On 28th November 2011, the Prime Minister of Pakistan nominated Abdul Sattar Edhi for a Nobel Peace Prize. For Pakistanis and most other people in the world, Abdul Sattar Edhi is a name that requires no introduction. The founder of the largest welfare organization in Pakistan 'The Edhi Foundation', he has been referred to as an inspiration, a savior and a living saint. For those who know his story, he is no less than a living legend who has overcome the odds to accomplish not a selfish goal but one that has helped millions see a glimmer of hope through the darkness.

The journey started when Edhi was eleven years of age. His mother got paralyzed and mentally ill. Edhi took full responsibility of caring for all of her needs, from changing, bathing and feeding her to being there as a source of support. Despite his caring, unfortunately his mother died when Edhi was 19, and it affected him to such an extent that he could not complete high school.  Instead of growing bitter that no one had helped them when they were in need, Edhi instead focused on what he could do considering the millions of other helpless and suffering people out there. With little resources and a big dream, Edhi set off to beg on streets for money with which he bought his first ambulance, an old van. Equipped with the prayers of those whom he helped, and continuing forward on mission, the Edhi Foundation today runs the worlds largest ambulatory service.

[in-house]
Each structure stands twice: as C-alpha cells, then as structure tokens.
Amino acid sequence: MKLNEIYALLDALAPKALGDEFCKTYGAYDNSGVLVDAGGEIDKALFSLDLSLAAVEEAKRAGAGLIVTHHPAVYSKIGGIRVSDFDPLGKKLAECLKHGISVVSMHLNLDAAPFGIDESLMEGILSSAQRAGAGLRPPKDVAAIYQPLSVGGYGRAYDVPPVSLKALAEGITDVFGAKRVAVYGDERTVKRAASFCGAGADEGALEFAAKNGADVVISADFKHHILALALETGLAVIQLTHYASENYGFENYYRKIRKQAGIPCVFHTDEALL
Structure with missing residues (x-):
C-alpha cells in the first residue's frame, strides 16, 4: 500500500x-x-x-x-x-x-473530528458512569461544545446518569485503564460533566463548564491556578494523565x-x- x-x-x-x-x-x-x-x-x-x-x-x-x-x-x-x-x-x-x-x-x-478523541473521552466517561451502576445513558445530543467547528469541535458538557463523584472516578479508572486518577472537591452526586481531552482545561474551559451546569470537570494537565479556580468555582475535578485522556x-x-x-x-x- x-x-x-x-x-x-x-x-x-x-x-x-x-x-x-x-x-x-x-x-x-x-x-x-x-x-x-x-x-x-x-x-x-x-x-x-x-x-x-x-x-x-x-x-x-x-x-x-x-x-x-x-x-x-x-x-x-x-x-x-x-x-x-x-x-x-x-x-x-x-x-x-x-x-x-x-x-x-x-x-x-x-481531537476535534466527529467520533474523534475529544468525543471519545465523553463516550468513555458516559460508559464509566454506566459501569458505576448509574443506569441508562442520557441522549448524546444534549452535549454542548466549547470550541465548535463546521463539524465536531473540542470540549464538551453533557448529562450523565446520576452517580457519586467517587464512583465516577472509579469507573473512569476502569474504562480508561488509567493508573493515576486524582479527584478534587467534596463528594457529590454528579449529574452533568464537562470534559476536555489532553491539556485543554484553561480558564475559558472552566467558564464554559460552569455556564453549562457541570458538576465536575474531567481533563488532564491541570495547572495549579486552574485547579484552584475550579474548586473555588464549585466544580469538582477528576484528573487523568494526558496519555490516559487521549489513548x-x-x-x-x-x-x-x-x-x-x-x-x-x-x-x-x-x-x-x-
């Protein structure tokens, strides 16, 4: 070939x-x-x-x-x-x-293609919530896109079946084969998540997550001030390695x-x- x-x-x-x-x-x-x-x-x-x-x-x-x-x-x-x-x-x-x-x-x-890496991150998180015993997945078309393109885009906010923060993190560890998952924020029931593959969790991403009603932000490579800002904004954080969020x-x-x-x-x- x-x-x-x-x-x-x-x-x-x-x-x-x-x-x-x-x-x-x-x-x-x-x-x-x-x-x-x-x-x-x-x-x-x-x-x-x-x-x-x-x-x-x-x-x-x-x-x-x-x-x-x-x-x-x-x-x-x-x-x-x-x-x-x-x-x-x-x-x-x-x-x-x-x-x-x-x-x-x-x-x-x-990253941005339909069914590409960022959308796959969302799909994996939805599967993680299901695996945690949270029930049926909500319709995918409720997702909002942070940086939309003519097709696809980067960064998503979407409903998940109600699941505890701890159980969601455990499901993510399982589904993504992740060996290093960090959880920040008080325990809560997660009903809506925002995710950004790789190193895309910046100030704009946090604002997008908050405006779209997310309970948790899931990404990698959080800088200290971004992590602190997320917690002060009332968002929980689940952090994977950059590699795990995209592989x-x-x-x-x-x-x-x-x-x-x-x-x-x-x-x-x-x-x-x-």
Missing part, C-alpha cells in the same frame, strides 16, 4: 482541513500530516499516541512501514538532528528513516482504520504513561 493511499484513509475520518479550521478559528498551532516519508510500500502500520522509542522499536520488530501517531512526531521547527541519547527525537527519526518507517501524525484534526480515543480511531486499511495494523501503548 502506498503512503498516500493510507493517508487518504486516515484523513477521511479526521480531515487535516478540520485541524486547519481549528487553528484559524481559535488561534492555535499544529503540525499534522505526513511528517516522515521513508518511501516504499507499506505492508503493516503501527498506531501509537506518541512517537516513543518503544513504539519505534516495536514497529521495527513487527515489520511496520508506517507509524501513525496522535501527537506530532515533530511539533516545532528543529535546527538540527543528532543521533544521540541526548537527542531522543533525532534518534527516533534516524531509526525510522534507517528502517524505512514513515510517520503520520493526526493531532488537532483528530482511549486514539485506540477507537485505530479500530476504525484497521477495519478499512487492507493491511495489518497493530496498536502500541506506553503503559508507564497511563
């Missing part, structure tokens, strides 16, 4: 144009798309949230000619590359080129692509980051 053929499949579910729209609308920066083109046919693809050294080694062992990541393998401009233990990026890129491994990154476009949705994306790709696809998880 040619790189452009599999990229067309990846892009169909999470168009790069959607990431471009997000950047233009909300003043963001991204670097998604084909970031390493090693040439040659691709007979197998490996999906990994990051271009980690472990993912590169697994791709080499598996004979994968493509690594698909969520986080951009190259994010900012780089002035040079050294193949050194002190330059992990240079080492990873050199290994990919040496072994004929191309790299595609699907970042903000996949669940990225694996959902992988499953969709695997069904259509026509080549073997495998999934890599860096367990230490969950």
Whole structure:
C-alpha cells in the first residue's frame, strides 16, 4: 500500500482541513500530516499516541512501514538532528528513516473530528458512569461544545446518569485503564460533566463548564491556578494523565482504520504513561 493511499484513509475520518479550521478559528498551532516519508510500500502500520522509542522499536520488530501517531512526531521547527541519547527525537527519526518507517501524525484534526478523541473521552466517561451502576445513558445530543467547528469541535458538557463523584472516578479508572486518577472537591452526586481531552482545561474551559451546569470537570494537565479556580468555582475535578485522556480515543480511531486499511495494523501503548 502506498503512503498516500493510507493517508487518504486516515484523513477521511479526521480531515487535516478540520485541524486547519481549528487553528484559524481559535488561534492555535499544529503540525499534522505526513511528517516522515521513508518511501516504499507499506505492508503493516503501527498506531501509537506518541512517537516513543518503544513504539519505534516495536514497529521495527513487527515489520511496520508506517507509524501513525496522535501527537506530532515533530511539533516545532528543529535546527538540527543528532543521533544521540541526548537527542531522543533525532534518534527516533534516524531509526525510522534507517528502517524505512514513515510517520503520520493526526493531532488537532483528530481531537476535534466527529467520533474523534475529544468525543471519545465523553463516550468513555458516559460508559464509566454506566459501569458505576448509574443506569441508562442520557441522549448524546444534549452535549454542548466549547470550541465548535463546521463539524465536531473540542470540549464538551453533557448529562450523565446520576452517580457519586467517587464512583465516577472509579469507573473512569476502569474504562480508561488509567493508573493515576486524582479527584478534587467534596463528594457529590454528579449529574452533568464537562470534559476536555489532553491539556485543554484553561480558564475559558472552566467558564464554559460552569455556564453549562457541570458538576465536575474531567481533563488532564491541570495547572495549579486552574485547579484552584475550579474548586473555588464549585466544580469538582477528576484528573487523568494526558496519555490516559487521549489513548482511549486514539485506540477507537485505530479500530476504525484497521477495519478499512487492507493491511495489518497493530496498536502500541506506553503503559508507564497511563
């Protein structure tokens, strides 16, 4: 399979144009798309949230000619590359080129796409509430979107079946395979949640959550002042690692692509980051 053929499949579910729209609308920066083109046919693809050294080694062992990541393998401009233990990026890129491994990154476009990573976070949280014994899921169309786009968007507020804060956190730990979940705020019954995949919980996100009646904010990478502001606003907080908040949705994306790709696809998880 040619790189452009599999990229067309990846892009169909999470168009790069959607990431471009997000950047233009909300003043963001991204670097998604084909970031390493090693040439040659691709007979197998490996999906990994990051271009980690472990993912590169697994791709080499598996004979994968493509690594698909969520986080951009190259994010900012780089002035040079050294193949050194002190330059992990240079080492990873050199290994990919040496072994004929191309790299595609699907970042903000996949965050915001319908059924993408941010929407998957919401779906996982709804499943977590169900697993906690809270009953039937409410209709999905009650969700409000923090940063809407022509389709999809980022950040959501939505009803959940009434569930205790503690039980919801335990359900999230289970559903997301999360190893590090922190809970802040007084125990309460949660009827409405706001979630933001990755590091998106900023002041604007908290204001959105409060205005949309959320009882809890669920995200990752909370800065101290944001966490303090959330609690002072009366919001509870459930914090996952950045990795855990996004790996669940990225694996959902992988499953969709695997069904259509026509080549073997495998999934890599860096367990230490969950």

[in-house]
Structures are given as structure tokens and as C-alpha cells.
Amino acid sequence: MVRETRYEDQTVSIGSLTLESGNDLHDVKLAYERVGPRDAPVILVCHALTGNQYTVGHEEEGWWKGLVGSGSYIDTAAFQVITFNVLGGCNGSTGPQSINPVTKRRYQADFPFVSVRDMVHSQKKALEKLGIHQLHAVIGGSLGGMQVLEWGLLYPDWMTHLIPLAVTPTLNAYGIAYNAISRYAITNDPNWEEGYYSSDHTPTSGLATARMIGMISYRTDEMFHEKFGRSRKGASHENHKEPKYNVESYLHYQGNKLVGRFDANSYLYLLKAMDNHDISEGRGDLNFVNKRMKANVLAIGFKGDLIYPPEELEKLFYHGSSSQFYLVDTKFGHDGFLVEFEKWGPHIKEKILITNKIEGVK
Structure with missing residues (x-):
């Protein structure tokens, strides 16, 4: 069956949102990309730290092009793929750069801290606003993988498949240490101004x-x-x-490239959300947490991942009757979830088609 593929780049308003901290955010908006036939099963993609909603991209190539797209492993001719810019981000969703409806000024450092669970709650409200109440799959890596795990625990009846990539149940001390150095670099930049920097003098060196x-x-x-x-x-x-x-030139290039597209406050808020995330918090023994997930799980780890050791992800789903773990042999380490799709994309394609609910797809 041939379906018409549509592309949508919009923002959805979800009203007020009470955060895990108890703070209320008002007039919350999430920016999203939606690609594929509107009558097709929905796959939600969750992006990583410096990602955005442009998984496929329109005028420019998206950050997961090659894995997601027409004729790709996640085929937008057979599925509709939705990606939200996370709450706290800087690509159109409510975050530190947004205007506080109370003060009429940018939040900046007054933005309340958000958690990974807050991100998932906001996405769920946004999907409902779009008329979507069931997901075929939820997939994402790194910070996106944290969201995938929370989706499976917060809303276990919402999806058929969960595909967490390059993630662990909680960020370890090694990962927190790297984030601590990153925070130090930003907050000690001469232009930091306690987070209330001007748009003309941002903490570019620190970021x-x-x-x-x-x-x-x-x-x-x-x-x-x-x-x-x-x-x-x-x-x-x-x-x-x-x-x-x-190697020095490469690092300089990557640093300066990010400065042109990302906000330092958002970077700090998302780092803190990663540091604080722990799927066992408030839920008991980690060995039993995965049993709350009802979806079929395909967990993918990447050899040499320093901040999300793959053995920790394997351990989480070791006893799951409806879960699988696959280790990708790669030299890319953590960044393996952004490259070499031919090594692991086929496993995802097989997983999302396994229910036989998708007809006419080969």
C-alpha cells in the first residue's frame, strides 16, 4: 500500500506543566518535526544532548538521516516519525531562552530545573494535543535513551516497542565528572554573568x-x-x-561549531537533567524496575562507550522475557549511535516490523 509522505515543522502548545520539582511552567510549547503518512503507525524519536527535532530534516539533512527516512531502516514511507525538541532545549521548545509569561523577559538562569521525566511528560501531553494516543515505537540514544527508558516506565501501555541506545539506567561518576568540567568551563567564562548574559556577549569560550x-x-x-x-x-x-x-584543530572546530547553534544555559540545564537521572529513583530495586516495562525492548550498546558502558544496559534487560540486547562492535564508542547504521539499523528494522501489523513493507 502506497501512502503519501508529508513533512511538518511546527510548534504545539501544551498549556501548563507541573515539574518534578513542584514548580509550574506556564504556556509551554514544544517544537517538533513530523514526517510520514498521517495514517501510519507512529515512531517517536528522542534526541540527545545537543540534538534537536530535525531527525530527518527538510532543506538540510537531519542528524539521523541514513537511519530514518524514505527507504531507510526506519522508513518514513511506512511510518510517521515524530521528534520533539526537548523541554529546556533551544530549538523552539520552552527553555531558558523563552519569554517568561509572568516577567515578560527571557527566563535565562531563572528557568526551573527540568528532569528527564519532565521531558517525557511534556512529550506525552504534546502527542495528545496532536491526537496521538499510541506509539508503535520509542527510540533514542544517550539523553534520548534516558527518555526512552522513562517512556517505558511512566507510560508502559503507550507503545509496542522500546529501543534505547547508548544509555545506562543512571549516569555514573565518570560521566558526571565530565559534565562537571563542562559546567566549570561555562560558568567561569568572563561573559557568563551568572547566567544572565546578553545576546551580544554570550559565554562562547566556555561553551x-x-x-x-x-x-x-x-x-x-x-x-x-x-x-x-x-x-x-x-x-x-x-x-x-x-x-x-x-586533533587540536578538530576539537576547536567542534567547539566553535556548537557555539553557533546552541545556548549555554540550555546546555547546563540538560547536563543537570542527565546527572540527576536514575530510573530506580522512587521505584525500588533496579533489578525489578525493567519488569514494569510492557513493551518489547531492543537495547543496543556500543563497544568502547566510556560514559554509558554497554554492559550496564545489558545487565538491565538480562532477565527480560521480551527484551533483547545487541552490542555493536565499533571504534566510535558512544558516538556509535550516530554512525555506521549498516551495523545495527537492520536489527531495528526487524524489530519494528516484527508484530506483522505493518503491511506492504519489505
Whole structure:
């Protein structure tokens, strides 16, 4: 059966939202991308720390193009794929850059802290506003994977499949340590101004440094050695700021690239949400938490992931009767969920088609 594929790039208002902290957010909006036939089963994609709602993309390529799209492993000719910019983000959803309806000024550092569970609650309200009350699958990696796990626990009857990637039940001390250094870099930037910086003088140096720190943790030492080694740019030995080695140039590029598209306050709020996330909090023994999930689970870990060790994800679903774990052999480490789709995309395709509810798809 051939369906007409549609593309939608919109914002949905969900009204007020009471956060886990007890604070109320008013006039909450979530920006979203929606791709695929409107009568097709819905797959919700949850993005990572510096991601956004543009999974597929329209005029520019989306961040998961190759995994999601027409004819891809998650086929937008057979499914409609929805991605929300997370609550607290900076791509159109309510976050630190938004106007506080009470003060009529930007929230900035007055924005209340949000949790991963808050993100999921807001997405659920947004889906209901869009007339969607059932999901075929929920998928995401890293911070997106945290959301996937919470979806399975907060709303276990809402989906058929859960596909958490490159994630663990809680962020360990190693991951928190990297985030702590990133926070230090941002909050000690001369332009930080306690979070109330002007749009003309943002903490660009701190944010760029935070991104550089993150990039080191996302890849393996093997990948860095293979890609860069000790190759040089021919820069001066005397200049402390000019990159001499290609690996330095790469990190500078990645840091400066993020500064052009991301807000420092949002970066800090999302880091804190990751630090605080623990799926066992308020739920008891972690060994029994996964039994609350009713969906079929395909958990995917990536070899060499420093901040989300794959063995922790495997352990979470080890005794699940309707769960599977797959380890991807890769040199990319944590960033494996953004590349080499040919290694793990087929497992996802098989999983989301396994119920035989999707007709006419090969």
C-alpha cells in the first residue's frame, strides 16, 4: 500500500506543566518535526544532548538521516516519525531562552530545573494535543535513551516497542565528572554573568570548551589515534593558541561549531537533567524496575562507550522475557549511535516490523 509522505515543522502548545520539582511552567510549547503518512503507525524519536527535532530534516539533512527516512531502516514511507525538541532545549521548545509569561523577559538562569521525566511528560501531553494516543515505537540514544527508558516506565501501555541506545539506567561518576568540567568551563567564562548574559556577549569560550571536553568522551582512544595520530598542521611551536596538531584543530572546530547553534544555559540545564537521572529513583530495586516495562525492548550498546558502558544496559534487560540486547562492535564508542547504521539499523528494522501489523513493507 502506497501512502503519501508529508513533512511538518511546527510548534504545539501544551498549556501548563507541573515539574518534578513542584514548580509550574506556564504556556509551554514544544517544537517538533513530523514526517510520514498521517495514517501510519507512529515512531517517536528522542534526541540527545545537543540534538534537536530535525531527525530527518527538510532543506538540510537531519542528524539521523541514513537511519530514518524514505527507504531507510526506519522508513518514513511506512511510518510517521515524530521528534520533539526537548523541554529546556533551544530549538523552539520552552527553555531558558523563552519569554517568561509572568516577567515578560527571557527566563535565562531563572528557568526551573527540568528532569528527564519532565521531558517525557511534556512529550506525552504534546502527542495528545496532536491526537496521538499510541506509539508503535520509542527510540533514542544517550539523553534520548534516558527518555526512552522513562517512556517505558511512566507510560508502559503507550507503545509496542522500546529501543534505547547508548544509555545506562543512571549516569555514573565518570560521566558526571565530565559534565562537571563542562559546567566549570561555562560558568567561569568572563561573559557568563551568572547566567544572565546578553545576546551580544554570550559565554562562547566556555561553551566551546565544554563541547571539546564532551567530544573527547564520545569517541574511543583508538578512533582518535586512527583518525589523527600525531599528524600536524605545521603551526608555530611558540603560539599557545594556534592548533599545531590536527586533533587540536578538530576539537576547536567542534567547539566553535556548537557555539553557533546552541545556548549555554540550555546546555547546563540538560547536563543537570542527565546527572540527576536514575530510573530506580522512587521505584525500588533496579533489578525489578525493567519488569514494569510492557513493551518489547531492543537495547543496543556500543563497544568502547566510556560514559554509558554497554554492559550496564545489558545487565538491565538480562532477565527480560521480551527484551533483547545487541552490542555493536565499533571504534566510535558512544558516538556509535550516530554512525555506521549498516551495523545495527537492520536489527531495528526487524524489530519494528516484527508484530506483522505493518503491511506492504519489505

At the age of 20, Edhi volunteered at a charity in Karachi. However, he was appalled to learn that the charity only helped a certain sect of people, ignoring the other needless. He protested against discrimination towards the poor, and set up his own charity shop instead. However he earned the enmity of the sect he had protested against, and considering his life was in danger he left Pakistan and begged his way through Europe. Becoming an admirer for the Welfare State System, he decided that if the government couldn't help the people, he would do whatever was in his capacity to fulfill that gap.

The remarkable journey that followed has helped Edhi operate not just the largest ambulatory service in the world, but also run free orphanages, old peoples homes, medicine dispensaries, clinics, rehab centers, women shelters and home for abandoned babies. Edhi has not only touched lives in Pakistan but has helped people in Middle East, Africa, Europe and even USA. He has won countless national and international awards for his humanitarianism and philanthropy. Speaking on the news on Monday, Edhi said he was honored to having been nominated the Nobel Peace Prize as the prize money and recognition would further his aims of helping others. Edhi said he plans on giving the Pakistani government a plan for a welfare system for the poor. Best of all, the Edhi Foundation doesn't take any aid from the Pakistani government to maintain its independence. There is indeed a lot that our government, and people around the world, can learn from the selfless, true hero for humanity that is Abdul Sattar Edhi, who commands the respect of millions including that of the author of this article.